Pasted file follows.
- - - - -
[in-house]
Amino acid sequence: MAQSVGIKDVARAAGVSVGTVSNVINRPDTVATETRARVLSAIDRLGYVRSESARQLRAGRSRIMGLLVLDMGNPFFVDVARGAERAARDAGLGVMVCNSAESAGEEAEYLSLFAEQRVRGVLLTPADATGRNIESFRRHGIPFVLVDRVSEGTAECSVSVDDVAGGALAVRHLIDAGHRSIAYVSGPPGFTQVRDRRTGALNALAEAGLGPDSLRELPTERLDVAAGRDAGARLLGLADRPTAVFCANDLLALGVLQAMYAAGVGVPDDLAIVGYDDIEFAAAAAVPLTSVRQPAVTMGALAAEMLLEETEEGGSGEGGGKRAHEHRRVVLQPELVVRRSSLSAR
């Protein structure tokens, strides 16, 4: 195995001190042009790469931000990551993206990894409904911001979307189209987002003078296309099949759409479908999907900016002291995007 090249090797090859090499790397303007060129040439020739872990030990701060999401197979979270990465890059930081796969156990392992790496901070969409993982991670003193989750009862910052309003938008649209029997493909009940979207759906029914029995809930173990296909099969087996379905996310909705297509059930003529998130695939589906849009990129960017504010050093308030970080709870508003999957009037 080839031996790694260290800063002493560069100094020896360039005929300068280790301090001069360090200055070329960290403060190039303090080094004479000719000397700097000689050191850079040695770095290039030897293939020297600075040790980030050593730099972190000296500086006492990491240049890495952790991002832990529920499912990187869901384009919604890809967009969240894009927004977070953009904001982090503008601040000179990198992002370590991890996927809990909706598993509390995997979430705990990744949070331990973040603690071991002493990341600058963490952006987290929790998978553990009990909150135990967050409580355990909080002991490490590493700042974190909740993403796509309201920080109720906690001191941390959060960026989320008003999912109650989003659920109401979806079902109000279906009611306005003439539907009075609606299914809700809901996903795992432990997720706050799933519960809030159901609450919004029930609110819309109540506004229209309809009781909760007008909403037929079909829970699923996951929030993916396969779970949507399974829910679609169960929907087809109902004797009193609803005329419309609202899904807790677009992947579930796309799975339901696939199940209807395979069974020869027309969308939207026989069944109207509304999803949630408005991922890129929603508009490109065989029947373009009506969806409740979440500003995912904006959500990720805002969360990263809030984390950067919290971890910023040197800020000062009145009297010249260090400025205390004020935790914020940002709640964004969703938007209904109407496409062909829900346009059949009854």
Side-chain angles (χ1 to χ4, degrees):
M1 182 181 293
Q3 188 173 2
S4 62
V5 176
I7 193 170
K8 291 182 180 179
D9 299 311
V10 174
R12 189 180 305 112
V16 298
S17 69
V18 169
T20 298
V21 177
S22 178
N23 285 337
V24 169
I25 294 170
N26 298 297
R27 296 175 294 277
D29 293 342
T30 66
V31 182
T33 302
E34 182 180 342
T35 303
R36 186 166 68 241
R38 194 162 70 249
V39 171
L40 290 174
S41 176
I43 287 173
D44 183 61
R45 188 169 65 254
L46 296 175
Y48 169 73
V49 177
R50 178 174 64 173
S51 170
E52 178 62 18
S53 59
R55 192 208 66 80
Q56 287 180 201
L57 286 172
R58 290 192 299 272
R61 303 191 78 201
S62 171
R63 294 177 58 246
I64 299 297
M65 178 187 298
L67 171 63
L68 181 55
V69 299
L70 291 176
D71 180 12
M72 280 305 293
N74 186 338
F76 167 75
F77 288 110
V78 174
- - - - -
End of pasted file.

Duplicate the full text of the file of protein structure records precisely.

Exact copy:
[in-house]
Amino acid sequence: MAQSVGIKDVARAAGVSVGTVSNVINRPDTVATETRARVLSAIDRLGYVRSESARQLRAGRSRIMGLLVLDMGNPFFVDVARGAERAARDAGLGVMVCNSAESAGEEAEYLSLFAEQRVRGVLLTPADATGRNIESFRRHGIPFVLVDRVSEGTAECSVSVDDVAGGALAVRHLIDAGHRSIAYVSGPPGFTQVRDRRTGALNALAEAGLGPDSLRELPTERLDVAAGRDAGARLLGLADRPTAVFCANDLLALGVLQAMYAAGVGVPDDLAIVGYDDIEFAAAAAVPLTSVRQPAVTMGALAAEMLLEETEEGGSGEGGGKRAHEHRRVVLQPELVVRRSSLSAR
């Protein structure tokens, strides 16, 4: 195995001190042009790469931000990551993206990894409904911001979307189209987002003078296309099949759409479908999907900016002291995007 090249090797090859090499790397303007060129040439020739872990030990701060999401197979979270990465890059930081796969156990392992790496901070969409993982991670003193989750009862910052309003938008649209029997493909009940979207759906029914029995809930173990296909099969087996379905996310909705297509059930003529998130695939589906849009990129960017504010050093308030970080709870508003999957009037 080839031996790694260290800063002493560069100094020896360039005929300068280790301090001069360090200055070329960290403060190039303090080094004479000719000397700097000689050191850079040695770095290039030897293939020297600075040790980030050593730099972190000296500086006492990491240049890495952790991002832990529920499912990187869901384009919604890809967009969240894009927004977070953009904001982090503008601040000179990198992002370590991890996927809990909706598993509390995997979430705990990744949070331990973040603690071991002493990341600058963490952006987290929790998978553990009990909150135990967050409580355990909080002991490490590493700042974190909740993403796509309201920080109720906690001191941390959060960026989320008003999912109650989003659920109401979806079902109000279906009611306005003439539907009075609606299914809700809901996903795992432990997720706050799933519960809030159901609450919004029930609110819309109540506004229209309809009781909760007008909403037929079909829970699923996951929030993916396969779970949507399974829910679609169960929907087809109902004797009193609803005329419309609202899904807790677009992947579930796309799975339901696939199940209807395979069974020869027309969308939207026989069944109207509304999803949630408005991922890129929603508009490109065989029947373009009506969806409740979440500003995912904006959500990720805002969360990263809030984390950067919290971890910023040197800020000062009145009297010249260090400025205390004020935790914020940002709640964004969703938007209904109407496409062909829900346009059949009854």
Side-chain angles (χ1 to χ4, degrees):
M1 182 181 293
Q3 188 173 2
S4 62
V5 176
I7 193 170
K8 291 182 180 179
D9 299 311
V10 174
R12 189 180 305 112
V16 298
S17 69
V18 169
T20 298
V21 177
S22 178
N23 285 337
V24 169
I25 294 170
N26 298 297
R27 296 175 294 277
D29 293 342
T30 66
V31 182
T33 302
E34 182 180 342
T35 303
R36 186 166 68 241
R38 194 162 70 249
V39 171
L40 290 174
S41 176
I43 287 173
D44 183 61
R45 188 169 65 254
L46 296 175
Y48 169 73
V49 177
R50 178 174 64 173
S51 170
E52 178 62 18
S53 59
R55 192 208 66 80
Q56 287 180 201
L57 286 172
R58 290 192 299 272
R61 303 191 78 201
S62 171
R63 294 177 58 246
I64 299 297
M65 178 187 298
L67 171 63
L68 181 55
V69 299
L70 291 176
D71 180 12
M72 280 305 293
N74 186 338
F76 167 75
F77 288 110
V78 174